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What are Power Chords and how do you use them?

Updated on January 9, 2016
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What are Power Chords and how do you play Power Chords?

What are power chords? Some guitar players love them and others hate them with a passion. They are simple and they have a simple purpose, so what do power chords sound like? Power chords create a strong sound with mediaeval overtones.Why do guitarists use them then? Power chords are better with overdrive because they are kinder to the human ear. Power chords are also simple to play on the guitar. All these things make power chords the backbone of rock music and on this page I hope to show you how to play them, where to play them and why it is important to play power chords with sensible fingerings!

Intro image of B.C. Rich Red Bevel Warlock Guitar Pack, Black with Red Bevels courtesy of Amazon, otherwise all graphics are my own and should not be copied

Power Chords - Who Invented Power Chords?

Who, who, who, who....

Well the generally accepted theory is that it was Pete Townsend from The Who and it may well have been, but I am sure that there probably were many guitar players around that time experimenting with the whole idea. Jimi Hendrix was making distortion indispensable in rock and blues playing and Tony Iommi and Black Sabbath were making the transition from blues band to inventors of Heavy Metal. Who knows for sure? All I know is those first definitive chords in Baba O'Riley are certainly classic....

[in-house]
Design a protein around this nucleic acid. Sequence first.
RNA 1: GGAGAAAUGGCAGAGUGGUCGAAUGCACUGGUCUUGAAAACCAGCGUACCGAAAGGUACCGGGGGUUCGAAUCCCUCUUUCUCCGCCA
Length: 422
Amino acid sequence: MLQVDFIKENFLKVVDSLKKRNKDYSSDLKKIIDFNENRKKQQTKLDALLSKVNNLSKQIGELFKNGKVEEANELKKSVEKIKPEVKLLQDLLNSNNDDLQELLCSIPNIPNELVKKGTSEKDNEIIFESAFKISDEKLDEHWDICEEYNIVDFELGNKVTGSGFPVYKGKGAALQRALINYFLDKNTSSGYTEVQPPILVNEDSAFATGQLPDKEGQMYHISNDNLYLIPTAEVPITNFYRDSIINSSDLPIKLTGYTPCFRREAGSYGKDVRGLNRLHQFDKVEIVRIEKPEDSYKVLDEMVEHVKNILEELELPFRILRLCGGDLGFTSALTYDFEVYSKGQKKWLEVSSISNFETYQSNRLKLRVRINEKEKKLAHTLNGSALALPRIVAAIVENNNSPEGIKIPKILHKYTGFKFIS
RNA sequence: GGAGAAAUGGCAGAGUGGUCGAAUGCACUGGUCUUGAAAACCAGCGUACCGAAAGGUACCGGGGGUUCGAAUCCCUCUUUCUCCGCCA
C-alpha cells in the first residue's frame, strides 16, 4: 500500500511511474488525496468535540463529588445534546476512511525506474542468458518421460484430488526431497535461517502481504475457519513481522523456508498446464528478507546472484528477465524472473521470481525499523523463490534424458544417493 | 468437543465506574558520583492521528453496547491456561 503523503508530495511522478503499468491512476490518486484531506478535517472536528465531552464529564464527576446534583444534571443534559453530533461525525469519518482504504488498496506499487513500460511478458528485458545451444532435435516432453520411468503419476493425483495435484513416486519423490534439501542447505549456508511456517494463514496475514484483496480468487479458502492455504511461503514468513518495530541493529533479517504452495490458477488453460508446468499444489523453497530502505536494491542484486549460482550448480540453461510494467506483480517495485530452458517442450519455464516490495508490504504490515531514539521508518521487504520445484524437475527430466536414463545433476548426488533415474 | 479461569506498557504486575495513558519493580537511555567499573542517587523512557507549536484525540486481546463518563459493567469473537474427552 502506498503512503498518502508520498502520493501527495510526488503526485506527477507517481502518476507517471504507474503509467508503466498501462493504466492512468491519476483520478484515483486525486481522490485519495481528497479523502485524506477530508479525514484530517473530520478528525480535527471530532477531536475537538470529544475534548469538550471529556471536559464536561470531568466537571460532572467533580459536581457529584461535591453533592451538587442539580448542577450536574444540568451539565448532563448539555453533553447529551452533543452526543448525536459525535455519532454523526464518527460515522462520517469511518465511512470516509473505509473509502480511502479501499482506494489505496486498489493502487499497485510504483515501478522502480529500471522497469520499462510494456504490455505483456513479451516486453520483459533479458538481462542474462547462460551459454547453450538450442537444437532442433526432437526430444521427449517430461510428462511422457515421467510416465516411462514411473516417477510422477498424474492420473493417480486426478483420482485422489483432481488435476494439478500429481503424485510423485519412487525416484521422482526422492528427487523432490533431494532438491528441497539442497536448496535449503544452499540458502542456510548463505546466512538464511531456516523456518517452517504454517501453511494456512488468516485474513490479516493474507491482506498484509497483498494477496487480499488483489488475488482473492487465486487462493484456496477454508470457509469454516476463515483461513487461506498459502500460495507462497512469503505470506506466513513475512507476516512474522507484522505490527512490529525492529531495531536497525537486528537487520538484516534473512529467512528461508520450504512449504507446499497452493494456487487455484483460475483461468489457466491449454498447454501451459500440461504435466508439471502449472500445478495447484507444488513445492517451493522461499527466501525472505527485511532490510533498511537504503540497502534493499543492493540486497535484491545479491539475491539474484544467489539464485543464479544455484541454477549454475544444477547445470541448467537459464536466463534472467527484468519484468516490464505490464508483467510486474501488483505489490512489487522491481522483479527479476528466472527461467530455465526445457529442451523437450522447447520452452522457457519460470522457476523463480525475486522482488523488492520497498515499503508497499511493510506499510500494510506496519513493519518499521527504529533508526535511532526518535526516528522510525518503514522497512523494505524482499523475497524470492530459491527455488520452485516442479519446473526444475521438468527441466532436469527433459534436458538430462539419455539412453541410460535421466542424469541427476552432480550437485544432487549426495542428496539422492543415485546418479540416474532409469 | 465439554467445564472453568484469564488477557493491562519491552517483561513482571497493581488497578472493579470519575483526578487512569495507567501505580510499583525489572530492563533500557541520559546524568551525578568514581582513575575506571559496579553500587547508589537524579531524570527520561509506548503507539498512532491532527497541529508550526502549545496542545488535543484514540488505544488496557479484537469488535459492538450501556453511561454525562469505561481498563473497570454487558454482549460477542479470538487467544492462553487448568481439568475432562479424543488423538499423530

Why are they called power chords?

Power chords are not called power chords because they are "big" shapes, in fact they are much smaller than usual chords. They are more properly called Fifth (5) chords, or Diads and can be used on treble strings in lead playing too. The term Power Chord comes from the fact they are useful with greatly amplified and powerful sound! You can play power chords on any harmonic instrument, including piano and keyboard, but they are usually much more useful to guitar players. They could be really helpful with a distorted synth voicing however!

Power chords are pretty much what is expected in modern rock music. One example of a band that makes great use of power chords (and movable major chords too) is The Offspring. One of my favourite Offspring songs to play is Pretty Fly For A White Guy. The moving power chords are great fun!

Consecutive 5th and 8ves are good in rock!

A final note on the theory for now. Playing power chords means you will be using consecutive 5ths and octaves... Anyone who has studied harmony will have been told to avoid these because they are a "waste" of a part or "break the rules of harmony". Power chords sound good though!

Power Chords with Root on String 6 - The conventional fingering....

Power Chord with Root on string 6
Power Chord with Root on string 6

Using correct fingerings for power chords

Yes, there ARE other fingerings for power chords, some of which are easier to play, but this is the best fingering to learn. It is tricky to use your pinky, but if you want to know why it is important it is to avoid strain on the second and third fingers and to free up the second finger for those movable major chords that bands also like to use.

Power Chords with Root on String 5 - Mixing it up to make it easier!

Power Chords with Root on String 5
Power Chords with Root on String 5

Yes, you can slide that one shape up and down the neck, but you do have a lot of frets to cover and it is MUCH easier to mix in some Root 5 Power Chords. An example you might know if you like Nirvana - to play Teen Spirit, you need:

F, Bb, Ab, Db